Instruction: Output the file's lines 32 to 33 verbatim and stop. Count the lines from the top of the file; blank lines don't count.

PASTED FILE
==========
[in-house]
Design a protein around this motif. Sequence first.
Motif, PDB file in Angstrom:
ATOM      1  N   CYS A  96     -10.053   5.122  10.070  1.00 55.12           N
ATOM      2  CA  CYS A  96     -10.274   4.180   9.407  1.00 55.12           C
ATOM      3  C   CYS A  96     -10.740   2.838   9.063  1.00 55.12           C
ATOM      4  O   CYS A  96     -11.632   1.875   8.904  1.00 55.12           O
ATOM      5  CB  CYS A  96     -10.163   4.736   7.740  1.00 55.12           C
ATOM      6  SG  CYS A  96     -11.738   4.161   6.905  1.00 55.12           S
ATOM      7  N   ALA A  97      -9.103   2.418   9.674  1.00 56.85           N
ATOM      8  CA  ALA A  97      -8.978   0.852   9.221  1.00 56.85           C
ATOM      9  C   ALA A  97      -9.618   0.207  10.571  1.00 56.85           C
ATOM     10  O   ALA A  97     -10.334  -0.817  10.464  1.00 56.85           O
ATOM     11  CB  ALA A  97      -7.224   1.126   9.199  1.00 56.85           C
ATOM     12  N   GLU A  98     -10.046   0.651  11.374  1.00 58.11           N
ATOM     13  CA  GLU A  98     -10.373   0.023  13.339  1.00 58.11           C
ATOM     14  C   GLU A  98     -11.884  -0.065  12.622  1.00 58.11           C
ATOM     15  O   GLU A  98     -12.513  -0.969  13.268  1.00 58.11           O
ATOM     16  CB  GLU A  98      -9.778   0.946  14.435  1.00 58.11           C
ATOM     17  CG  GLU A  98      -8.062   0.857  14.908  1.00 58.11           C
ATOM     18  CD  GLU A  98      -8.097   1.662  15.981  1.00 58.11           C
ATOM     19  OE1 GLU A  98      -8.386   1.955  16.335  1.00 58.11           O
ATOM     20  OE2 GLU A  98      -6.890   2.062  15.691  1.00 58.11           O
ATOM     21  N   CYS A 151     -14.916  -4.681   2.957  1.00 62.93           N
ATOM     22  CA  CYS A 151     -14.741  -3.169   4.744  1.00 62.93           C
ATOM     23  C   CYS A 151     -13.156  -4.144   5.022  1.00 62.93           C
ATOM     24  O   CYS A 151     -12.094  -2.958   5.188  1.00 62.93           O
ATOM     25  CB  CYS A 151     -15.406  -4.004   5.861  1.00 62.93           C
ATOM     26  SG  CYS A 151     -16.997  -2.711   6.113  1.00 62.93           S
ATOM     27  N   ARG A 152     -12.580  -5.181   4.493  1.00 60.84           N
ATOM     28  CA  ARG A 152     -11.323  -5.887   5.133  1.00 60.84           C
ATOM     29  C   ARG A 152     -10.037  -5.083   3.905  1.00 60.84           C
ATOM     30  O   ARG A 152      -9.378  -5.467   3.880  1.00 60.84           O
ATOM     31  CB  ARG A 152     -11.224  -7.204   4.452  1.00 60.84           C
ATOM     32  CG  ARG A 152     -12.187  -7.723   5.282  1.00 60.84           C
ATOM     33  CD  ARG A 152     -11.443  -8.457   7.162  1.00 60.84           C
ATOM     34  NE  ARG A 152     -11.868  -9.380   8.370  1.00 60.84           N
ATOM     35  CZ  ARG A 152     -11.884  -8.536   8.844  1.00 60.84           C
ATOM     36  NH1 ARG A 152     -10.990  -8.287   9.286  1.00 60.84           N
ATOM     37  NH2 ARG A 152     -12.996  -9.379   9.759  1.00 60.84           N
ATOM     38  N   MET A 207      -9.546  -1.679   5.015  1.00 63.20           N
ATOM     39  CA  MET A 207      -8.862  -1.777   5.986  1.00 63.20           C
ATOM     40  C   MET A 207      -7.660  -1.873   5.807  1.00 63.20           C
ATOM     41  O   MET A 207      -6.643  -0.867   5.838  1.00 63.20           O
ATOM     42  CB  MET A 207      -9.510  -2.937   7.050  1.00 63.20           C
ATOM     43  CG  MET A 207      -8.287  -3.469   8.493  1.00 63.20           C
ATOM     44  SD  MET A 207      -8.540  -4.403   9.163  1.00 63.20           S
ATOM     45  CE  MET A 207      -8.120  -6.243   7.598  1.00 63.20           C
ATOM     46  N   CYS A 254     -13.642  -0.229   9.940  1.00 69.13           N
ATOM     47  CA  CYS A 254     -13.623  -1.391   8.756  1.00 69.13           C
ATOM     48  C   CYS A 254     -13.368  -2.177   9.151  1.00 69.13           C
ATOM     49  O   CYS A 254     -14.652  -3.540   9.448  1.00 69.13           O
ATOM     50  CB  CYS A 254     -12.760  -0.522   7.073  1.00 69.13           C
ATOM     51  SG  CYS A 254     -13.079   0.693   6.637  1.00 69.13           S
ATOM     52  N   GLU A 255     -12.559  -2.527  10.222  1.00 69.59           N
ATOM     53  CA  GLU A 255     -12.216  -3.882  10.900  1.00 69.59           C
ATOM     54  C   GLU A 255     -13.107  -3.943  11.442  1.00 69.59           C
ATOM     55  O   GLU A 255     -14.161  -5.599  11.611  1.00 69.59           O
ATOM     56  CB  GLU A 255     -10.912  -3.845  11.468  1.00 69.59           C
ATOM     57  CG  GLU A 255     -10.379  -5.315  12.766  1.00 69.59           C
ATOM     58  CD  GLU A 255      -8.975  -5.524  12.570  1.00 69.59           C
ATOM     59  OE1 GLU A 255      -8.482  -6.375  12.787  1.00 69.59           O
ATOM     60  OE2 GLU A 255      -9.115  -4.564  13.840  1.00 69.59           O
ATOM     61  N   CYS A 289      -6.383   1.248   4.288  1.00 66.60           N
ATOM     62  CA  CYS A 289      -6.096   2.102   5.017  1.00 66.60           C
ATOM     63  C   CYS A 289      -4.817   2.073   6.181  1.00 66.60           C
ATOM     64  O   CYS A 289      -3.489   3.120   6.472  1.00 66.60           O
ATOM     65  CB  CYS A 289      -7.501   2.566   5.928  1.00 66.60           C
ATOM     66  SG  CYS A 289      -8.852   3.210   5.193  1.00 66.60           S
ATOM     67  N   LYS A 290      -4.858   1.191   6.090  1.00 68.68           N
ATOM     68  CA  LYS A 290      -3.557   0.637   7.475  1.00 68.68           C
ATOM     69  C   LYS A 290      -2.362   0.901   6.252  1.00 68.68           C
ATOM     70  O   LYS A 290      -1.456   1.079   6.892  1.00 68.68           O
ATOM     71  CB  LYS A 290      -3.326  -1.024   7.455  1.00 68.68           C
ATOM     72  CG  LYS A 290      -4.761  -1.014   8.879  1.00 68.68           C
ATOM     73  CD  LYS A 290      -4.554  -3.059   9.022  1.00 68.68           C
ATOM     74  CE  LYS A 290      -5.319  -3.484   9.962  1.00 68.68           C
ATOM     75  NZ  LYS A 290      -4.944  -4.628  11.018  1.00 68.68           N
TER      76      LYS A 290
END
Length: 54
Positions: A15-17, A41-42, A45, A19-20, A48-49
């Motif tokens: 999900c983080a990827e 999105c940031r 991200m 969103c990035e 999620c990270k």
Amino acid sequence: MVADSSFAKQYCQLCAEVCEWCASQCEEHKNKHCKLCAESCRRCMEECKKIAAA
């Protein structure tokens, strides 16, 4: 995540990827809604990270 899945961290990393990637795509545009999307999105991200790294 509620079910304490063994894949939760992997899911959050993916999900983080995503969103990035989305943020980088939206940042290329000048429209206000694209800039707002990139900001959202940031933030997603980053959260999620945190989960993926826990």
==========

ATOM     29  C   ARG A 152     -10.037  -5.083   3.905  1.00 60.84           C
ATOM     30  O   ARG A 152      -9.378  -5.467   3.880  1.00 60.84           O